Antony Walker, deputy CEO of technology trade association techUK, told the House of Commons science and technology committee that any device connected to the internet could be hacked by spies and used to listen in.
“In theory, the manufacturer of those products could be the subject of a warrant to enable equipment interference with those devices,” Walker said.
“So the potential extent, I think, is something that needs to be carefully considered.”
Given the advance of smart technology, he claimed otherwise innocuous toys could become tools for those who wish to spy.
“A range of devices that have been in the news recently, in relation to a hack, are children’s toys that children can interact with.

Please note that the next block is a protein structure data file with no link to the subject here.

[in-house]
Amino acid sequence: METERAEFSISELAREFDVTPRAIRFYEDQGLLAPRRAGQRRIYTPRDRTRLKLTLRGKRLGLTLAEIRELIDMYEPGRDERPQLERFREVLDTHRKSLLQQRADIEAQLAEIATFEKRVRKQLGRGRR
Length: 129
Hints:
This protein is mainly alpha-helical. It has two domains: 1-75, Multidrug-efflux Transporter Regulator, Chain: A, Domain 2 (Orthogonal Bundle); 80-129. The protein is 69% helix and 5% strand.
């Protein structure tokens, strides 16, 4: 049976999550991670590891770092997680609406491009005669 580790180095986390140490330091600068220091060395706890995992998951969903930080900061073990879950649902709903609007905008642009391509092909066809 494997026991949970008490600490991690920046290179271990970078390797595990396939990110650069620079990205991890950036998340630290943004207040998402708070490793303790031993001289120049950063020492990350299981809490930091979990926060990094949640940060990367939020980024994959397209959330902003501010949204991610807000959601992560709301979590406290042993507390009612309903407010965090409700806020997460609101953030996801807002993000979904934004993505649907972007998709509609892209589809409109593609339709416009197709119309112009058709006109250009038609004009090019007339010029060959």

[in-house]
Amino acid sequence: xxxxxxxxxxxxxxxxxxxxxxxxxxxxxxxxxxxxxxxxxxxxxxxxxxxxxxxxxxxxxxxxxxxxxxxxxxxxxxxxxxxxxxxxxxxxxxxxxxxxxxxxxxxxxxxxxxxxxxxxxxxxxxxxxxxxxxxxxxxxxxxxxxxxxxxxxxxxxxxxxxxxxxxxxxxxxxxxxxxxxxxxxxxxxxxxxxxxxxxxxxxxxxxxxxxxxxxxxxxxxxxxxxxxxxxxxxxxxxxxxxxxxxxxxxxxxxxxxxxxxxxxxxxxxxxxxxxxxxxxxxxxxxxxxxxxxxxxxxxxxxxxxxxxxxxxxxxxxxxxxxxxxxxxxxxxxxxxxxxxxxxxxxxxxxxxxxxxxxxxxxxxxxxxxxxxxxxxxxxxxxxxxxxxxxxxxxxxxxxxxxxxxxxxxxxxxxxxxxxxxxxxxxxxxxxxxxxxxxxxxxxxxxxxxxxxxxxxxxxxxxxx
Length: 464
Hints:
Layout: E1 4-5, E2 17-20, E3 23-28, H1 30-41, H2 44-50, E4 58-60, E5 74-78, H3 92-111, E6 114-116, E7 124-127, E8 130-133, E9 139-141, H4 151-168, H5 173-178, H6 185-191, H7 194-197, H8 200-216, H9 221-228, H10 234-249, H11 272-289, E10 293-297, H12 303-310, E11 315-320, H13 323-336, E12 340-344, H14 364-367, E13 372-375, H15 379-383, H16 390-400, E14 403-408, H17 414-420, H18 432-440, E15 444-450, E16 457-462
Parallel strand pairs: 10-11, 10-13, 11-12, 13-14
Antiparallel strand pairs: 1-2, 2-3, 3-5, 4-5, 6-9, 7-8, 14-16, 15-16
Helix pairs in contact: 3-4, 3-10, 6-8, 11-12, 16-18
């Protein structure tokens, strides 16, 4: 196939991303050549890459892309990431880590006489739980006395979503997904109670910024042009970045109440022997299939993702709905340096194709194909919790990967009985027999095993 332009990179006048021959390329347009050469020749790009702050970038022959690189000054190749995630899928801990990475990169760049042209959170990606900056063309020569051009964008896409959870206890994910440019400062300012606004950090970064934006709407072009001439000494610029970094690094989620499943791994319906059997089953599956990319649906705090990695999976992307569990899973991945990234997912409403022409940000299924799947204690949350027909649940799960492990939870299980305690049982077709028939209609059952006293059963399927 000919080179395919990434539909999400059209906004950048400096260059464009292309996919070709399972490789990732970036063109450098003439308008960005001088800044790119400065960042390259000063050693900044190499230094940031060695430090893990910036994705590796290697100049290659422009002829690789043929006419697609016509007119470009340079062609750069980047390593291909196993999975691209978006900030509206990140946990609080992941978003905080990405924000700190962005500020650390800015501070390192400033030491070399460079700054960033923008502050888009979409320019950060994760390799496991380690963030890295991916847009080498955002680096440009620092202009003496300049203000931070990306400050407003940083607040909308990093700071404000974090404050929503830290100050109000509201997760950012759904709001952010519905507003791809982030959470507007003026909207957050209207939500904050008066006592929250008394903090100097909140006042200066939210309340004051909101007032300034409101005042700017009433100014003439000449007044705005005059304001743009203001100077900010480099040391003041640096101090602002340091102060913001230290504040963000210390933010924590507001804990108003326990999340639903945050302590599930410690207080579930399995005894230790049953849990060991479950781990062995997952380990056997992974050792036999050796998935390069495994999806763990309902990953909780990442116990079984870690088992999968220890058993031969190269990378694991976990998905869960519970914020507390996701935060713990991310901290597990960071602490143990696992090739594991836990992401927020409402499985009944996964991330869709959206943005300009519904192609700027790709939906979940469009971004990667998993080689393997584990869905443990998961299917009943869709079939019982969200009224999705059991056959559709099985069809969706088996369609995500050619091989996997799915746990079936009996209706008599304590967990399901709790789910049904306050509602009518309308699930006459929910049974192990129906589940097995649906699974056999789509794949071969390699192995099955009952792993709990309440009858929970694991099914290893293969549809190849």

“These are devices that may sit in a child’s bedroom but are accessible,” he added.
It is also thought that the government’s draft Investigatory Powers Bill, known by its detractors as the snoopers’ charter, could allow such methods to be used to observe suspects of crime or terrorism.
It is not only in Britain that fears of espionage operations affecting children have been raised recently.
Last Wednesday, the US-based Electronic Frontier Foundation (EFF), which protects citizens’ technology rights, filed a complaint with the Federal Trade Commission alleging tech giant Google had violated the privacy of students as young as seven years old by mining their data.
The complaint alleges such monitoring violates a Student Privacy Pledge that Google signed in 2014, which the EFF said is legally enforceable under the Federal Trade Commission Act.